How does the New Zealand position compare with the situation in Australia?
As readers will know, Australia’s recent “Raising the Bar” Act also served to increase the written description requirement from “fair basis” to “support”. This decision of IPONZ thereby stands to provide some consistency between the laws of the two jurisdictions under which all Trans-Tasman patent attorneys now practice.
My colleague, Dr Michael Zammit has recently written two excellent articles on the increased requirements for disclosure and support under Australian practice – and their practical implications by way of patent drafting. Rather than reinventing the wheel in this article, the above two links should confirm the impression that the requirement for “support” is now similar on both sides of the Tasman. Indeed, Mike has noted in his articles the nature of the requirement in Australia and the same criteria are likely to apply in New Zealand as the case law evolves:
“The requirement of support can be summarised as being that the scope of the claims should correspond to the technical contribution to the art. The technical contribution to the art is a subtle concept that is not to be confused with the inventive concept that is often discussed in relation to inventive step. In particular, inventive concept is concerned with the identification of the core (or kernel, or essence) of the invention which entitles the inventor’s achievement to be called inventive. In contrast, the invention’s technical contribution to the art is concerned with the evaluation of its inventive concept, namely answering the question: how far forward has it carried the state of the art?”
Will New Zealand patents be more difficult to obtain under the Patents Act 2013?
As mentioned, popular opinion is that the Patents Act 2013 has raised the bar in relation to patentability criteria in New Zealand, making patents more difficult to obtain and possibly more limited in scope. If true, this could be something of a double-edged sword. On the one hand, those wishing to innovate in New Zealand are less likely to be encumbered by thickets of overly-broad, possibly invalid patents (e.g., those that under the old Act would not have been examined for inventive step) . The economic rationale for the Government wanting to achieve this position is clear – as a small economy, New Zealand should, it is argued, do all it can to encourage foreign innovation and investment. However, on the other hand, the fear is that a stricter patents regime may in turn make New Zealand less attractive to patent applicants on a cost-versus-scope-versus-population basis.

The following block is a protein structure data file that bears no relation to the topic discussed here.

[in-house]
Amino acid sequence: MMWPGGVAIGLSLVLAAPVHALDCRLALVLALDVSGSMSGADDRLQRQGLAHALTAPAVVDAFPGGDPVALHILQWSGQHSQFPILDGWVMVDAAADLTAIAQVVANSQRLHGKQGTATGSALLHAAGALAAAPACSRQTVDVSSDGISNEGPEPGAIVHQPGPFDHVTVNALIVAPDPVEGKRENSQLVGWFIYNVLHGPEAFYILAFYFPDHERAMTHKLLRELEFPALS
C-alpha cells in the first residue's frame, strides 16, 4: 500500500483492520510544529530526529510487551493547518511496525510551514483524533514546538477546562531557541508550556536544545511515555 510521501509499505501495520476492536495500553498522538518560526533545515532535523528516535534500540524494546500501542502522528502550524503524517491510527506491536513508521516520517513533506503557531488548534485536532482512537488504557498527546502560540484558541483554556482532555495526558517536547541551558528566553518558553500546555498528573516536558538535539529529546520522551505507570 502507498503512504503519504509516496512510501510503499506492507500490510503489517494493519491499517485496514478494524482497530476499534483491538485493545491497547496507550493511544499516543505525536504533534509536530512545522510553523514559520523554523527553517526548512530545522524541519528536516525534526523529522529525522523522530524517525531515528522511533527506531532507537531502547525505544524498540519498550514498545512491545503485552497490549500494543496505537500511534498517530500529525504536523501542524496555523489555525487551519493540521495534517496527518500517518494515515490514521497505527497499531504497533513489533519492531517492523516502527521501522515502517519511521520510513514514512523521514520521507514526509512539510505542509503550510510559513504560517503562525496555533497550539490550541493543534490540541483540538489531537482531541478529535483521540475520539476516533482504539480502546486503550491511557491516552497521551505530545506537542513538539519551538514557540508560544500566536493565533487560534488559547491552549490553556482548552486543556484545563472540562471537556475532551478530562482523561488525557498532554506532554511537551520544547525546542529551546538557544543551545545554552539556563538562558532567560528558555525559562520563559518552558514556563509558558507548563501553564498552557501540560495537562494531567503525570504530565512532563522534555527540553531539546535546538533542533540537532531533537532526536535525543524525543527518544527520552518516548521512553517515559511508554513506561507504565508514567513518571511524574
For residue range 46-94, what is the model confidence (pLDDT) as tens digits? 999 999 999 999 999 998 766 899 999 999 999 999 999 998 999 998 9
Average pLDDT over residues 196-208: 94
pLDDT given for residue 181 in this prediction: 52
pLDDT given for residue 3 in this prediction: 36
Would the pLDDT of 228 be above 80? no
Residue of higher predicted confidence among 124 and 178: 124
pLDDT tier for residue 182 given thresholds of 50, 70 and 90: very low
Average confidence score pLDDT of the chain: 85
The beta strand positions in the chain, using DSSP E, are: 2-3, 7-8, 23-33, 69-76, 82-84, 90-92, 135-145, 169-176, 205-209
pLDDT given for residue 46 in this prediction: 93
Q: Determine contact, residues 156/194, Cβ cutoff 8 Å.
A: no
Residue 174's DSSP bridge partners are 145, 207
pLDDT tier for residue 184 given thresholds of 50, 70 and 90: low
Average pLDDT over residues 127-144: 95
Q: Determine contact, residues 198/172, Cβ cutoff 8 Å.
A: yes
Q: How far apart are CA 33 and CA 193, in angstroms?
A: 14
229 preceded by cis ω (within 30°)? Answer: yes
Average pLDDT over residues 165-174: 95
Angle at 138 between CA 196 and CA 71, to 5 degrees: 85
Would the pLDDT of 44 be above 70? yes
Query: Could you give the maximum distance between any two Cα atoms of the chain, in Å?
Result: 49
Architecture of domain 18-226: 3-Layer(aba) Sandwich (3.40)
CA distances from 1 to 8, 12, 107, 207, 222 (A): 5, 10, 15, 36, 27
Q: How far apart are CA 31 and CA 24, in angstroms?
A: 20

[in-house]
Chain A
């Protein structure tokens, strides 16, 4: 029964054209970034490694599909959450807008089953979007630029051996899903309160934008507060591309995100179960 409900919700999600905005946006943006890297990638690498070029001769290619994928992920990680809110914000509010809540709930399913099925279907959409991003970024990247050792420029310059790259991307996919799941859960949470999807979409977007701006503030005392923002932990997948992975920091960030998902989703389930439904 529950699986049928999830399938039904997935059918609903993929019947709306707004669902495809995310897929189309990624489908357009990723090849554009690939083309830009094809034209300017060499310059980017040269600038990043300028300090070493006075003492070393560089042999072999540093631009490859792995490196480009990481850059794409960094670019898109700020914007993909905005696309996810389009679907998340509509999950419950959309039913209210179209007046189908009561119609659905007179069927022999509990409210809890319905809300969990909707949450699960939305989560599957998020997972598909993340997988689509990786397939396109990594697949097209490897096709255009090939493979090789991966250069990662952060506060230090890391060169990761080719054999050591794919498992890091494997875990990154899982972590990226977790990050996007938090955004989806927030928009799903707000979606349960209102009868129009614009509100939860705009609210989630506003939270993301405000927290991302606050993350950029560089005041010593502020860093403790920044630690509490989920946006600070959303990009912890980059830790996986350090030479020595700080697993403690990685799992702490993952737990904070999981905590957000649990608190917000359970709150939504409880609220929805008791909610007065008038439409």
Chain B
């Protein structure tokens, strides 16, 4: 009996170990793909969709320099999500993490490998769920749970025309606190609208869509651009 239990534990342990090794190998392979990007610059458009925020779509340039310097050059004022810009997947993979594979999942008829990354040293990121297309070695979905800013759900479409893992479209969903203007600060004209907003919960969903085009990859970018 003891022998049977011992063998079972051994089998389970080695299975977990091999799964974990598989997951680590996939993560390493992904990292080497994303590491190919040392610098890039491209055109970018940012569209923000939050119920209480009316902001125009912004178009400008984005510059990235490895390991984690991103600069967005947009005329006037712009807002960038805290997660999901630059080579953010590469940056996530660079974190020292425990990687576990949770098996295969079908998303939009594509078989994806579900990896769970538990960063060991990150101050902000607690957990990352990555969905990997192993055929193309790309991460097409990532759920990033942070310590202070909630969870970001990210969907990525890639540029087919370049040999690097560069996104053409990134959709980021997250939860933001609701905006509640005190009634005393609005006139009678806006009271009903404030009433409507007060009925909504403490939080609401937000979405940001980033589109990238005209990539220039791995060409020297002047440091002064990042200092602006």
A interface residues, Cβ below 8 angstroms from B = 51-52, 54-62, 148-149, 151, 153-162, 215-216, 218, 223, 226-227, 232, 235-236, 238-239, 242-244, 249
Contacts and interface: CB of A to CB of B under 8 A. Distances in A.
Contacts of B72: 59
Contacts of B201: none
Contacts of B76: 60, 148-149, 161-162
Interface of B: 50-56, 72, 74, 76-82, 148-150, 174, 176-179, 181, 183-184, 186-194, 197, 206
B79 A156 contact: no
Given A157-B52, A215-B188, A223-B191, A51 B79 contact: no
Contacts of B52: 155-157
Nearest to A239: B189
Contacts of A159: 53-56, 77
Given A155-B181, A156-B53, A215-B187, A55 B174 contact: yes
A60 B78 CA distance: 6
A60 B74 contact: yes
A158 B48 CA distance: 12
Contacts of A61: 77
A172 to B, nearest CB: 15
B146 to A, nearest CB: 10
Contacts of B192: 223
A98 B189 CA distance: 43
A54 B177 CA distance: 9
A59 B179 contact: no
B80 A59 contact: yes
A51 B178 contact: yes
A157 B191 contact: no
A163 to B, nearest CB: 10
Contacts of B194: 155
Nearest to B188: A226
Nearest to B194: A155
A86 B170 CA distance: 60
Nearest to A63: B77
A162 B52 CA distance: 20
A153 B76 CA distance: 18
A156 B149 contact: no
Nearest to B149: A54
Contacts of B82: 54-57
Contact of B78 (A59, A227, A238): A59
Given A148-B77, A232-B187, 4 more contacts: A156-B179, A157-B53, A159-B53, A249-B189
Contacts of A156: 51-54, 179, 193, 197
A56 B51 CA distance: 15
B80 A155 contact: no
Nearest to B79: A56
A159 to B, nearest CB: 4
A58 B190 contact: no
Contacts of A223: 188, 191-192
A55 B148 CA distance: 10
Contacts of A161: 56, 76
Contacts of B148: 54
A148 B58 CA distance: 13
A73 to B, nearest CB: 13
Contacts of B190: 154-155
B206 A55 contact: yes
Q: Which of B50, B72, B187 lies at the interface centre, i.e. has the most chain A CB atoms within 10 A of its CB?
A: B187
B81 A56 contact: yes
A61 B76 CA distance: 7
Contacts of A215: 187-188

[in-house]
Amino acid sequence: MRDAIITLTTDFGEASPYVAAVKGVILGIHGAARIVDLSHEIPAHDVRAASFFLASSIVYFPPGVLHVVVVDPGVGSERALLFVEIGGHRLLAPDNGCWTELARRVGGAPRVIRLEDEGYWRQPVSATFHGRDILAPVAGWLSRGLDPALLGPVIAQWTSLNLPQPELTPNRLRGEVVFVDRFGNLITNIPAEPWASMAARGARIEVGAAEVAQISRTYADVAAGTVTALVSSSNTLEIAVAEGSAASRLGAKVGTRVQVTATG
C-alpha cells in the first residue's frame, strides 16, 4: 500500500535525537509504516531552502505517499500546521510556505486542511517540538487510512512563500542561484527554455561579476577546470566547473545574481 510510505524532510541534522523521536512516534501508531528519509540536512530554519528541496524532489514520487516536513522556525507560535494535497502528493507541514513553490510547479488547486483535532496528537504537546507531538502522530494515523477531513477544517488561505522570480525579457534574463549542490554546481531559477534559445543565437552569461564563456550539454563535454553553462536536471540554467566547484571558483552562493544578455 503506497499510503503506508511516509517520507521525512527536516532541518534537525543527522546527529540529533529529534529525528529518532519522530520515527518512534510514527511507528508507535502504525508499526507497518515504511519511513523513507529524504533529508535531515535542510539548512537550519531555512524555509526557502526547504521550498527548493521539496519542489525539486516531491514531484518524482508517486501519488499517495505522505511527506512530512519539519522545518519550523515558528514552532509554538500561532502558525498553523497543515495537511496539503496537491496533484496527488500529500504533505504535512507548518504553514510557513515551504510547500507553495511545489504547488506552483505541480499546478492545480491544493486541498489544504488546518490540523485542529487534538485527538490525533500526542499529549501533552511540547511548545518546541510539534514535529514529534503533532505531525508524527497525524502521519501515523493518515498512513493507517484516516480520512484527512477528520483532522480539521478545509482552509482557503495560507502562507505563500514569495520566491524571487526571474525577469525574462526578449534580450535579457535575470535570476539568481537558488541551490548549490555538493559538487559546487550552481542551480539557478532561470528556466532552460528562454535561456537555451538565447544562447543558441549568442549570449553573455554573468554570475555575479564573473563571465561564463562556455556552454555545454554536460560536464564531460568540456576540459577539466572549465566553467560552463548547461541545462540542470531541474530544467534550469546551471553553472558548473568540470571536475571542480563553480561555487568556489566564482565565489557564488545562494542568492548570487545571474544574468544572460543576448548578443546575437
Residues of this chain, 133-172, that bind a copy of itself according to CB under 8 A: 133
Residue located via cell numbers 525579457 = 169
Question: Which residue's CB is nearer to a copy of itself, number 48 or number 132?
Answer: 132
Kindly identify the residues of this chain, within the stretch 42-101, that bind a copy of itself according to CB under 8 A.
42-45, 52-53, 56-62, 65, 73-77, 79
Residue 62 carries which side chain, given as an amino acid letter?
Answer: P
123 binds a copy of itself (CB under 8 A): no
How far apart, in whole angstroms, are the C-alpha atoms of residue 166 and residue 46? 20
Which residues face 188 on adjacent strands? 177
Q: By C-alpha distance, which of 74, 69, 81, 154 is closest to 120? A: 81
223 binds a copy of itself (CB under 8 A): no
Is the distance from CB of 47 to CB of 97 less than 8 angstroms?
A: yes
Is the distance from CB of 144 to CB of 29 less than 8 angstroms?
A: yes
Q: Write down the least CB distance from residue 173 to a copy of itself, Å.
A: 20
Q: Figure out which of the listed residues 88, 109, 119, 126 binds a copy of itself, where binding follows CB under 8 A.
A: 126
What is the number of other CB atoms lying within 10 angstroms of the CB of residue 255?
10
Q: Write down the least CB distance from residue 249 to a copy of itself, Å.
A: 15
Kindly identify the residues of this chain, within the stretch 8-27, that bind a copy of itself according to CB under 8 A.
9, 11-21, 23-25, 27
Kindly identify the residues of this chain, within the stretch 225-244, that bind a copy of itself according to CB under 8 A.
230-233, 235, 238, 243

As such, if New Zealand patents are indeed found more difficult to obtain under the provisions of the new Act – and we’ve now had a three year sample of practising under the new Act suggesting that this is indeed the case, then this could be attributable to the increased support requirements (along with other significant factors such as inventive step being considered during examination).
New Zealand’s Patents Act 2013 applies to all patent applications filed in New Zealand September 2014 (with the exception of divisionals filed from old Act applications; these remain old Act cases). However, the case law is only now beginning to emerge. While it was clear that the requirements for disclosure of the invention were increased under the new Act, the extent and precise nature of disclosure required to meet the new threshold will be further clarified as the case law continues to evolve. Based on the first decision issued by IPONZ, the content of the examples in the specification will, it seems, be critical to the outcome. No doubt Examiners will refer to this new case law in future reports.
Similarly, in Australia, only one case has been decided in relation to the “new” requirements for support. Given the similarities in the language of the Australian Patents Act 1990 and the New Zealand Patents Act 2013, the historical connections between these two Commonwealth nations, and the continued rapprochement of the two countries in IP matters (e.g., the recent appointment of the trans-Tasman IP Attorneys Board), decisions in both jurisdictions may form part of a common store of precedents on which the Patent Offices and the Courts in both countries will rely.
Shelston IP’s New Zealand practice
All of Shelston IP’s patent attorneys are dual-registered (as Trans-Tasman patent attorneys) to practise in both Australia and New Zealand. Our New Zealand patent practice is serviced by highly experienced, specialist IP attorneys and lawyers who regularly act in both jurisdictions making Shelston IP an attractive option for those wishing to protect their IP in Australia and New Zealand.
Authored by Gareth Dixon, PhD